It’s no secret that different people have different responses to food intake.
By ingesting a single piece of bread, different people will respond with a blood sugar rise ranging from 10% to 100%. The reason we are individually different is part how we are wired, part how we behave, part how we have behaved in the past, and even part how our ancestors behaved.
Of course everyone has different absorption and metabolic machinery that helps determine their unique response to food. But consider the following three facts about the average person’s health in the United States. No matter your body’s response to food, the truth is universal: what you eat is far more important than you think.
Just 100 calories
Suppose you take the average person and he or she consumes 100 extra calories per day over what he or she actually needs. After a full year of this behavior, he or she has consumed 35,000 excess calories. That is equivalent to 10 extra pounds each year. Keep that up for a full 10–15 years, and this person will certainly have a problem on their hands.
But what’s in 100 calories? The answer: not very much. 100 calories is merely 10 peanut M&Ms or roughly one package of Reese’s Peanut Butter Cups. It’s 1/2 to 1/3 of a bagel with nothing on it or one half of a small, 8-ounce latte.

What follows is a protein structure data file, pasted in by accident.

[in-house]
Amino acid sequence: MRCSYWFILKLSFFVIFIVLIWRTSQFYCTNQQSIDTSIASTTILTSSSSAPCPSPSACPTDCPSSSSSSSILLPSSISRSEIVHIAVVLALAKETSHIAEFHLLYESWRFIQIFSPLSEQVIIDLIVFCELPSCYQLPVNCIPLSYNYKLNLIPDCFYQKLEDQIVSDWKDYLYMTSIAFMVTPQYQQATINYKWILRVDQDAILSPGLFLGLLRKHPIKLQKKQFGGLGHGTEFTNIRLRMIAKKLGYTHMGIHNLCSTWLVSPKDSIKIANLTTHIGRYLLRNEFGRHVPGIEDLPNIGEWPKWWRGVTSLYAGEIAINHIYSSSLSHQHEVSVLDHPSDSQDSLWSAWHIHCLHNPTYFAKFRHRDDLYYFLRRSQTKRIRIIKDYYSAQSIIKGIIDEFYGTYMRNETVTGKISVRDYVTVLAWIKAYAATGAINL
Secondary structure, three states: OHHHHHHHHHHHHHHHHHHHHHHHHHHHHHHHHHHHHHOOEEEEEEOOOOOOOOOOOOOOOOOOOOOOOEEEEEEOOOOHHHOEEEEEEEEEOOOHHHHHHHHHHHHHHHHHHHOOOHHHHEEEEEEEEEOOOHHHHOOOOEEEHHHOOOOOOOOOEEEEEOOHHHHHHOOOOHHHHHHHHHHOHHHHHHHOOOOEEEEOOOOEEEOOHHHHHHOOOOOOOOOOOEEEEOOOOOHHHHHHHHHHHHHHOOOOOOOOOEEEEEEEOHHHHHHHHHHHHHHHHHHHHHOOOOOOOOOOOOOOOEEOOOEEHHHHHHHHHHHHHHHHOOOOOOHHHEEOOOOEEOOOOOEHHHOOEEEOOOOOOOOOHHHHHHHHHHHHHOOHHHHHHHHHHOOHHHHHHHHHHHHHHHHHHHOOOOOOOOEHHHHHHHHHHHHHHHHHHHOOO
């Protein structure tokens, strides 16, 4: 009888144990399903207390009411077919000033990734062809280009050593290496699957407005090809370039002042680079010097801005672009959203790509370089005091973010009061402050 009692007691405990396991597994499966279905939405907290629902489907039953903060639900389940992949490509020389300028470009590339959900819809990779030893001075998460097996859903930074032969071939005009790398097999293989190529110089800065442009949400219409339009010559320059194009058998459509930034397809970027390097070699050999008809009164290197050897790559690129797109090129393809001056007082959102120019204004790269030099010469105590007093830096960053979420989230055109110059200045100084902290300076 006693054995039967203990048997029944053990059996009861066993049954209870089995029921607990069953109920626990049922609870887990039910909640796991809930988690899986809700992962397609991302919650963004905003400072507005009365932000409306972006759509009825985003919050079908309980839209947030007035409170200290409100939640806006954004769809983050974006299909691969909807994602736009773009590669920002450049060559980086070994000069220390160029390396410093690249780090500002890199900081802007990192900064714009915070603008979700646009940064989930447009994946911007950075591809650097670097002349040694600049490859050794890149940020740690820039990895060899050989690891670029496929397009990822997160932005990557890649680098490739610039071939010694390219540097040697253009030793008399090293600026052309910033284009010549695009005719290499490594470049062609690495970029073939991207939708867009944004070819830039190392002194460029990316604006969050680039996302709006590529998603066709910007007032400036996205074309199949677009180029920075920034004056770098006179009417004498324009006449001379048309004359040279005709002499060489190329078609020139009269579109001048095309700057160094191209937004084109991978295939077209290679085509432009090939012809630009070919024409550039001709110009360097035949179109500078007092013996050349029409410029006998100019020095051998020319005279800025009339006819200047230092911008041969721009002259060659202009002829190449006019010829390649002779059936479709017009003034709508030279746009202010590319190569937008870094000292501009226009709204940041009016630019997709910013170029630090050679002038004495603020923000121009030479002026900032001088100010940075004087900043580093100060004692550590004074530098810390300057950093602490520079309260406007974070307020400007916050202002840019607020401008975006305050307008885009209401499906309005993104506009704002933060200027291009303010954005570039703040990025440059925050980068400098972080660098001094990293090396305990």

Sure, individuals have mitigating factors that affect how their body responds to this extra intake, but simple truth is that these seemingly insignificant overages accumulate over time to have dramatic effects.
Many people believe that the consequences of their food intake will be seen exclusively around their waistline. Unfortunately, that’s not so. Our behavior with food—how much we eat, what we eat, and what we’re exposed to through eating—actually affects how our genetic code functions.
You may have thought your genes were your genes. That has been one of the solid parts of science you could always rely on. As it turns out, that’s not the case. From even before you were born, what your genes tell your body to do is being constantly modified by what we eat, toxins we’re exposed to, stresses we have, caloric excess or caloric deprivation. All these factors affect how our DNA functions now and well into the rest of our lives.
The recent study of this activity has raised the profile of a field called epigenetics. Research in this field seeks to explain how things outside your chromosomes directly affect how your chromosomes function, your body’s metabolism, and your risk for chronic diseases.
For generations to come
As you can now see, it takes very little to spark dramatic change in not only our bodies, but our genetic makeup. While your genes don’t change their structure, their function changes immensely by the result of your behaviors, and it isn’t only you who is affected. The food we are exposed to can modify gene function for your subsequent generations.
No, I am not mistaken. Studies have shown that a certain portion of these controlling factors go with the sperm and the egg when forming a new individual. In humans these effects have been shown to pass on at least three generations, and in plants over 100 generations.
The seemingly small decisions that we make each and every day on how much we eat, what we eat, and what we expose our bodies to not only affects the very core signature DNA of our being, it does so for generations to come.
Jeff Thompson, MD, is a speaker, pediatrician, chief executive officer emeritus at Gundersen Health System, and author of Lead True with ForbesBooks. Learn more at jeffthompsonmd.com. This post was originally featured on Forbes.com.